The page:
• Nute (unused)
  • Odile (unused)
  • Pam (unused)
  • Reuben (unused)
  • Solo (unused)

Season effects[edit]

This table lists all the storms that developed in the South Pacific to the east of longitude 160°E during the 2013–2014 season. It includes their intensity on the Australian tropical cyclone intensity scale, duration, name, landfalls, deaths, and damages. All data is taken from RSMC Nadi and/or TCWC Wellington, and all of the damage figures are in 2013 USD.

Name Dates active Peak classification Sustained
windspeeds
Pressure Areas affected Damage
(USD)
Deaths Refs
01F October 19 – 20 Tropical disturbance Not Specified 1004 hPa (29.65 inHg) Solomon Islands None None
02F October 19 – 23 Tropical depression Not Specified 1002 hPa (29.59 inHg) Vanuatu None None
03F October 21 – 22 Tropical depression Not Specified 1005 hPa (29.68 inHg) Solomon Islands None None
04F October 25 – 27 Tropical depression Not Specified 1007 hPa (29.74 inHg) Solomon Islands None None
05F December 9 – 13 Tropical depression Not Specified 999 hPa (29.50 inHg) Tonga, Fiji None None
06F December 23 – 29 Tropical disturbance Not Specified 1003 hPa (29.62 inHg) Vanuatu, Fiji None None
Ian January 2 – 14 Category 5 severe tropical cyclone 205 km/h (125 mph) 930 hPa (27.46 inHg) Fiji, Tonga >$4.3 million 1
June January 13 – 19 Category 1 tropical cyclone 75 km/h (45 mph) 990 hPa (29.23 inHg) Solomon Islands, New Caledonia, Norfolk Island, New Zealand Minor 1
09F January 21 – 24 Tropical depression Not Specified 1004 hPa (29.65 inHg) Niue, Tonga None None
10F January 22 – 24 Tropical disturbance Not Specified 1004 hPa (29.65 inHg) Solomon Islands None None
11F January 29 Tropical disturbance Not Specified 1000 hPa (29.53 inHg) Fiji None None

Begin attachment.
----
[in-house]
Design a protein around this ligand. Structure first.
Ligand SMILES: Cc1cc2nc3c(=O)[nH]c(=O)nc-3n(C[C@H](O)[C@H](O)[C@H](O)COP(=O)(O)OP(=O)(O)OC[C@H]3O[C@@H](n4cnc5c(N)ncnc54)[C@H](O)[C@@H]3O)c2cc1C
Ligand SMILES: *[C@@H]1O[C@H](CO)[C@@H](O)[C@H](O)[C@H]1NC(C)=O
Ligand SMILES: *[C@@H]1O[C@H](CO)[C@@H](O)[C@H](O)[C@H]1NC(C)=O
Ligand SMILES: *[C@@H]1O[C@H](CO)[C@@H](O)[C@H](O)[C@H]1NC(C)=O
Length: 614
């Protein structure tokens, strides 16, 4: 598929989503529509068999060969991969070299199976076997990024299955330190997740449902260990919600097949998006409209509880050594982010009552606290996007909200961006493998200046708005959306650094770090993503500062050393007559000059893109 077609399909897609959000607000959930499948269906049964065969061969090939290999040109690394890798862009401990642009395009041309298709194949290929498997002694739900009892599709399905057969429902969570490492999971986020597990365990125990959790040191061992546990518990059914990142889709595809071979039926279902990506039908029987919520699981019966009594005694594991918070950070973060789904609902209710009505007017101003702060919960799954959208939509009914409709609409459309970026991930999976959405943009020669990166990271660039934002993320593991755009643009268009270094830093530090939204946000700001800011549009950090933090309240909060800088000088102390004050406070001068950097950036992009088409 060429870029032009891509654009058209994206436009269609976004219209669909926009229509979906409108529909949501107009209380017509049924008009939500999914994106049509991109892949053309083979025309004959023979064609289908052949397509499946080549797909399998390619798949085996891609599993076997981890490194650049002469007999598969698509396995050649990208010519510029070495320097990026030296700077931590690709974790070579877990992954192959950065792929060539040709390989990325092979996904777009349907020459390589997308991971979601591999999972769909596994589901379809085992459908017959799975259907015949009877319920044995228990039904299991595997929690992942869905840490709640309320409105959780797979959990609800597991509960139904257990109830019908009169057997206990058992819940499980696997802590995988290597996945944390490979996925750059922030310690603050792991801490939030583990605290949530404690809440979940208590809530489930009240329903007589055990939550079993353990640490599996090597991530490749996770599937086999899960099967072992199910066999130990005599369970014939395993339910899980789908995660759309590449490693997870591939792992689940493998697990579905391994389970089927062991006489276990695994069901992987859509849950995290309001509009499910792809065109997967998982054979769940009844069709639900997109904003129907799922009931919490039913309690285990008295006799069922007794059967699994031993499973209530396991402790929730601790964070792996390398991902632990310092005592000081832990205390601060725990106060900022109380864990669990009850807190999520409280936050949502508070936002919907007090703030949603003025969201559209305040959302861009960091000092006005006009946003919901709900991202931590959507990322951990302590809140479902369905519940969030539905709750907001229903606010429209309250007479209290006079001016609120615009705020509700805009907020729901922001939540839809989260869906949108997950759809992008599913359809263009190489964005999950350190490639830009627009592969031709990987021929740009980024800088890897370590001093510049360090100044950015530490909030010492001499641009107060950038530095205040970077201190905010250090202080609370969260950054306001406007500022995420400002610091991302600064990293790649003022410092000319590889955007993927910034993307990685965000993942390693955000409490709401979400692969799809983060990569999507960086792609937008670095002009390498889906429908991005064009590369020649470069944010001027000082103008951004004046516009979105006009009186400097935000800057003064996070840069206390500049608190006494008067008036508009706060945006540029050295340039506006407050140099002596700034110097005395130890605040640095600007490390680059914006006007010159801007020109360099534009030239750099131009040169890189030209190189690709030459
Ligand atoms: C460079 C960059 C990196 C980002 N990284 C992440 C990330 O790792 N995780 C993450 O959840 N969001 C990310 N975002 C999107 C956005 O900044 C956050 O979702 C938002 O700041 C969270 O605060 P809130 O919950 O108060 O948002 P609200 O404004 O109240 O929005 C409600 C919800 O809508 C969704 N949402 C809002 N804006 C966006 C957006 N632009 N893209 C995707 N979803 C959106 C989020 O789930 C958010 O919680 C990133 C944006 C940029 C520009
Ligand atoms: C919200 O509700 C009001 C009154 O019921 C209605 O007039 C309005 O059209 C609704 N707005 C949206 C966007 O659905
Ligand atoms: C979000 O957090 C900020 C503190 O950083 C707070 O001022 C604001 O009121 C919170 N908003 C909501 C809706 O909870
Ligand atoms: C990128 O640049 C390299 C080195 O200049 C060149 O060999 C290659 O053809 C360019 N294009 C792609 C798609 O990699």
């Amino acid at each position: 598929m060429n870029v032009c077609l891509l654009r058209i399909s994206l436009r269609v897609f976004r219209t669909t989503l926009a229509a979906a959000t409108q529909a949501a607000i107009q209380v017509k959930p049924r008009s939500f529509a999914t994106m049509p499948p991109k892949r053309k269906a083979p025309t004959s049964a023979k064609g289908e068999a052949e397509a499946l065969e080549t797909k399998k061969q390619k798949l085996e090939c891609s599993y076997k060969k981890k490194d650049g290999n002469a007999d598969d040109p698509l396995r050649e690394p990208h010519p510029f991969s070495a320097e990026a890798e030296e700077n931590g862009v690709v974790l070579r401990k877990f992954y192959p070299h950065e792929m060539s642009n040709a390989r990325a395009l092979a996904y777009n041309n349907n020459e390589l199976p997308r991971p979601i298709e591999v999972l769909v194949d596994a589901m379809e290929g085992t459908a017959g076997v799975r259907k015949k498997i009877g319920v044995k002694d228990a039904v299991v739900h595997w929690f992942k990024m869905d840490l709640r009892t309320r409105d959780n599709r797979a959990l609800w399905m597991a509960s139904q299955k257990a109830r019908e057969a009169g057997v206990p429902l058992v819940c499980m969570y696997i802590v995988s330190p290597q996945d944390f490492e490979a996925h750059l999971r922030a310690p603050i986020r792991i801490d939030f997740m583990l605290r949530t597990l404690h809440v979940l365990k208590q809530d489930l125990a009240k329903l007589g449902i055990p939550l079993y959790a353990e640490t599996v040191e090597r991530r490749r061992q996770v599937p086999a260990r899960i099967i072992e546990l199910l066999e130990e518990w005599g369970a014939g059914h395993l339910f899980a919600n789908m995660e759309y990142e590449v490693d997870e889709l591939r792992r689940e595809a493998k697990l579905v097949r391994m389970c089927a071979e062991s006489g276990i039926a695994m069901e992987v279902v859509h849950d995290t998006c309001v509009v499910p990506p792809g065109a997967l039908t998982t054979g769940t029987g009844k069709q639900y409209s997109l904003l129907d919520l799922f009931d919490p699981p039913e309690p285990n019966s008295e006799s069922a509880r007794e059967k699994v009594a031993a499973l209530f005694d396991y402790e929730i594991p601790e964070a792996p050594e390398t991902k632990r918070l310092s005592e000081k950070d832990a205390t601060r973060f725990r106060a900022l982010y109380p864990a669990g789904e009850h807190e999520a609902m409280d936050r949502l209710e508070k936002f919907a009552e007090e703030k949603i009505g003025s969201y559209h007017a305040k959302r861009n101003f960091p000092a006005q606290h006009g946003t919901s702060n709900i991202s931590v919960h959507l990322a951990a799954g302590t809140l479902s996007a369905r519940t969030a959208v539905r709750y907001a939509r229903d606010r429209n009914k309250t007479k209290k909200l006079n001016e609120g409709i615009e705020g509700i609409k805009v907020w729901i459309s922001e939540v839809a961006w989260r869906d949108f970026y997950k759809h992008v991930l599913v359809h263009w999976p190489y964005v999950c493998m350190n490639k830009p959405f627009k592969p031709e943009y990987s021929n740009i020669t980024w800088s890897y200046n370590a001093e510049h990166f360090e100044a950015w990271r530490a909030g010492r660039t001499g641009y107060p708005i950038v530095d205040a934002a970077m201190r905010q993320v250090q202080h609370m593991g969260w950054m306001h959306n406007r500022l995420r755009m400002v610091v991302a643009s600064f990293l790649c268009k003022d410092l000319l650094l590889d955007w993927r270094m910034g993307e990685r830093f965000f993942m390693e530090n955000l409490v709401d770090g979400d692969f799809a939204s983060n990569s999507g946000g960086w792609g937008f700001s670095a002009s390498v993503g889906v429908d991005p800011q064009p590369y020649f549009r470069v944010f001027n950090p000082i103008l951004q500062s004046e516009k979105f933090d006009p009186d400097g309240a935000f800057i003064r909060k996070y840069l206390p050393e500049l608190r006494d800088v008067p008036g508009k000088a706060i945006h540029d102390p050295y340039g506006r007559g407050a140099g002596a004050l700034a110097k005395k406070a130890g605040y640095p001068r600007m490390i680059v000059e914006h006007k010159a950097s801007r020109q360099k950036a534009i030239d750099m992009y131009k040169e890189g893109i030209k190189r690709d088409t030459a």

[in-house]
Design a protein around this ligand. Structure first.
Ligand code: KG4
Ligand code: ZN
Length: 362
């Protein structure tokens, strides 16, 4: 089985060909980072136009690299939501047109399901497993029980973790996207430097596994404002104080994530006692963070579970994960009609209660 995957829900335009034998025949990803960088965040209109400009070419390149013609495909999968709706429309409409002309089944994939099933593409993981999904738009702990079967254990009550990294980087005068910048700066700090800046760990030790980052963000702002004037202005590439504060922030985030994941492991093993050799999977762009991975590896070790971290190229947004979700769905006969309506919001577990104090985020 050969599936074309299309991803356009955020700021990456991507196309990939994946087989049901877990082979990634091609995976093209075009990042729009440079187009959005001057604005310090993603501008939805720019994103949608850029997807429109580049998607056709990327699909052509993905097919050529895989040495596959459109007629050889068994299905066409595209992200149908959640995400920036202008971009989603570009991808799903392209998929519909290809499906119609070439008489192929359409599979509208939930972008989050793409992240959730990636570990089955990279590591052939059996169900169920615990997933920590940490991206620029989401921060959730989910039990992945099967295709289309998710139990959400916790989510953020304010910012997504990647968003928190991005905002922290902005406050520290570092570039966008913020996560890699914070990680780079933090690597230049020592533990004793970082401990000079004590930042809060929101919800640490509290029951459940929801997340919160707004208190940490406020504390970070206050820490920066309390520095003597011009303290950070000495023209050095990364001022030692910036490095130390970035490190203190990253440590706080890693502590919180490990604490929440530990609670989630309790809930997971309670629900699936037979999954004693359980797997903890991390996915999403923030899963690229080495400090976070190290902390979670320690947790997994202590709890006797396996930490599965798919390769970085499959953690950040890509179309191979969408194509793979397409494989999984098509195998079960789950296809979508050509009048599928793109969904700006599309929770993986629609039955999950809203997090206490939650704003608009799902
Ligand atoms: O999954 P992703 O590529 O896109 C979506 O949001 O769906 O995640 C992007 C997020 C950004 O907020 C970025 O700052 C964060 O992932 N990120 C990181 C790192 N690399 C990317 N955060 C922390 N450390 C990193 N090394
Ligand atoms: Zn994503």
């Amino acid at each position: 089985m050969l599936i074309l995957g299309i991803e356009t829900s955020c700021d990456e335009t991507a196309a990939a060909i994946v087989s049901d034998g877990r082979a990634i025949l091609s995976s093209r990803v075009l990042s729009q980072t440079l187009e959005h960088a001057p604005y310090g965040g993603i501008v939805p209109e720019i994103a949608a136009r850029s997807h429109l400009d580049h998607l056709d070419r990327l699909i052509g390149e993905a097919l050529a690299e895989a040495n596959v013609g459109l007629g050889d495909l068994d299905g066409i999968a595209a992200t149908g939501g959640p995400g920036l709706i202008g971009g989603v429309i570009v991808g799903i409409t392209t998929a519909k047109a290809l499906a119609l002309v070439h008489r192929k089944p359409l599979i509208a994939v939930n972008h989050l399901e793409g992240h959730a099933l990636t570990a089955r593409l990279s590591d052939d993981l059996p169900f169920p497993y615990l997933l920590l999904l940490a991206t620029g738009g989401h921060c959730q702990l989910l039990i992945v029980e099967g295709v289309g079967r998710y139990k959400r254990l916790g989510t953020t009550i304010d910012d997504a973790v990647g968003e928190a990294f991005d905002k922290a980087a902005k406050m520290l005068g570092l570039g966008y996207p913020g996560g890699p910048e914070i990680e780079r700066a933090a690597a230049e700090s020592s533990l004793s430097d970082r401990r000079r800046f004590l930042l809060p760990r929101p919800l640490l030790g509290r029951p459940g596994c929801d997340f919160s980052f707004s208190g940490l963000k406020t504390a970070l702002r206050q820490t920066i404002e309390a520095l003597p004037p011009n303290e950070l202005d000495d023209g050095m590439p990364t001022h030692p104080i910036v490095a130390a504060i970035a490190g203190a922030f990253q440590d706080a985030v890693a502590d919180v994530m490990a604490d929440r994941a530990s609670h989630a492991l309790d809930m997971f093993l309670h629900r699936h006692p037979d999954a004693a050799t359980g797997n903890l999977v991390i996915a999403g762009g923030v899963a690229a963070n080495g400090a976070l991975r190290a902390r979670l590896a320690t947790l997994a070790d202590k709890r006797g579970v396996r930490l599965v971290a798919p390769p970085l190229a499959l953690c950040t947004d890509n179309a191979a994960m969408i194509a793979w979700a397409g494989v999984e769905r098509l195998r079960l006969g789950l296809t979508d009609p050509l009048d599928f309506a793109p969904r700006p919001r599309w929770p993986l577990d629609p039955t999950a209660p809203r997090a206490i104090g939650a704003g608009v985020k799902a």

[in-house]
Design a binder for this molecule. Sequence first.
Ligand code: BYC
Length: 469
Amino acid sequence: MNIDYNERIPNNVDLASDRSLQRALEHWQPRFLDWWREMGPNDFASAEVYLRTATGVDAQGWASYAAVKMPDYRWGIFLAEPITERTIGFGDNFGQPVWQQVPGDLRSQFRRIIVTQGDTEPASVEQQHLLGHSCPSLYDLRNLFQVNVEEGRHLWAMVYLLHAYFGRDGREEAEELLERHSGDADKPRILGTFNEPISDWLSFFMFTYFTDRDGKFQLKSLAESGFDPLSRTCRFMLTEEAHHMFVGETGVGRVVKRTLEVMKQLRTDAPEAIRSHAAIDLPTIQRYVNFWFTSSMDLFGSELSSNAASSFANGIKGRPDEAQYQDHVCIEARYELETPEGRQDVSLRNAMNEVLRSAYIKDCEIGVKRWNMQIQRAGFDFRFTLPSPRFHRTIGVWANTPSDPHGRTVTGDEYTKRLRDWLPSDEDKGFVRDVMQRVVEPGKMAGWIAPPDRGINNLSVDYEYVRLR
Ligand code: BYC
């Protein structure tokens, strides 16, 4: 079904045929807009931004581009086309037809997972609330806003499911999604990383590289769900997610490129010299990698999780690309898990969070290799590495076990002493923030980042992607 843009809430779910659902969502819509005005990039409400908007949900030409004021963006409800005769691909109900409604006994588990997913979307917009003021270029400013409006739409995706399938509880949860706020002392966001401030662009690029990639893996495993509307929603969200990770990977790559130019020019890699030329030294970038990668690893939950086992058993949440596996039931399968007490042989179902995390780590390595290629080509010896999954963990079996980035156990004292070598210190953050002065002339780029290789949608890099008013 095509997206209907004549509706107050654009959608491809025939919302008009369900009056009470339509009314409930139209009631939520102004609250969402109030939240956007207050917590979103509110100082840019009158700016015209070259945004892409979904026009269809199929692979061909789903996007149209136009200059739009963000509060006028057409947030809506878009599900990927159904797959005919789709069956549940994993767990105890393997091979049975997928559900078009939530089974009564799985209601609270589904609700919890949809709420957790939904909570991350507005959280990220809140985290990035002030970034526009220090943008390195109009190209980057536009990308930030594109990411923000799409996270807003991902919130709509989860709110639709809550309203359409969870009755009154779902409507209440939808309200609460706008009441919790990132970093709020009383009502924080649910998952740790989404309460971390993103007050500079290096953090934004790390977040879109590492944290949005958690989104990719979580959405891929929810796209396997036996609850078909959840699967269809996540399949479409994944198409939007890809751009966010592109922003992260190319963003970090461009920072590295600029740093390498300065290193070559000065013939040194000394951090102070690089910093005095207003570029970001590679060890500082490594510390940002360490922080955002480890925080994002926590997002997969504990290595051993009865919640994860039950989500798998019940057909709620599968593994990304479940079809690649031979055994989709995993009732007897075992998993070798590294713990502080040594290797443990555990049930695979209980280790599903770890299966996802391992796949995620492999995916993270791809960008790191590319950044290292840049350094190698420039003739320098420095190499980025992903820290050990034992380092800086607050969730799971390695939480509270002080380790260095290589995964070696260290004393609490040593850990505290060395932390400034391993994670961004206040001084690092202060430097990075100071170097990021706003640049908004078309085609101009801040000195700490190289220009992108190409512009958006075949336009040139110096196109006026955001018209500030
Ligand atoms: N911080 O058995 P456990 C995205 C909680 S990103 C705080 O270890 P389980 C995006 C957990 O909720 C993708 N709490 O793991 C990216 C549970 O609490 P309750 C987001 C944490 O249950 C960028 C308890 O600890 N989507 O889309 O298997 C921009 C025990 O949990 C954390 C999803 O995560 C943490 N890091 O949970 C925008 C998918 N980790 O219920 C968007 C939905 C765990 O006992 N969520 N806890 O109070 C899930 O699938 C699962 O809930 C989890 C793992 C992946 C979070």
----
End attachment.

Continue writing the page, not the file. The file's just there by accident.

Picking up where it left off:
Edna February 4 – 6 Category 2 tropical cyclone 95 km/h (60 mph) 985 hPa (29.09 inHg) New Caledonia None None
13F February 16 – 19 Tropical disturbance Not Specified 1003 hPa (29.62 inHg) Vanuatu, Fiji None None
14F February 23 – 26 Tropical depression Not Specified 1002 hPa (29.59 inHg) Vanuatu, Fiji None None
Kofi February 24 – March 4 Category 2 tropical cyclone 100 km/h (65 mph) 980 hPa (28.94 inHg) Fiji, Tonga None None
16F/20F
(Hadi)
February 26 – 27
March 12 – 18
Tropical disturbance Not Specified 1000 hPa (29.56 inHg) Solomon Islands, Vanuatu Unknown Unknown
17F March 6 – 8 Tropical disturbance Not Specified 1005 hPa (29.68 inHg) Vanuatu, New Caledonia None None
Lusi March 7 – 14 Category 3 severe tropical cyclone 150 km/h (90 mph) 960 hPa (28.35 inHg) Vanuatu, New Caledonia, Fiji, New Zealand Unknown 10 [50]
Mike March 12 – 20 Category 1 tropical cyclone 65 km/h (40 mph) 990 hPa (29.23 inHg) American Samoa, Cook Islands None None
21F March 17 – 19 Tropical depression 45 km/h (30 mph) 998 hPa (29.47 inHg) Cook Islands None None
Season Aggregates
20 systems October 19 – March 20   205 km/h (125 mph) 930 hPa (27.46 inHg)   >$4.3 million 12


See also[edit]

References[edit]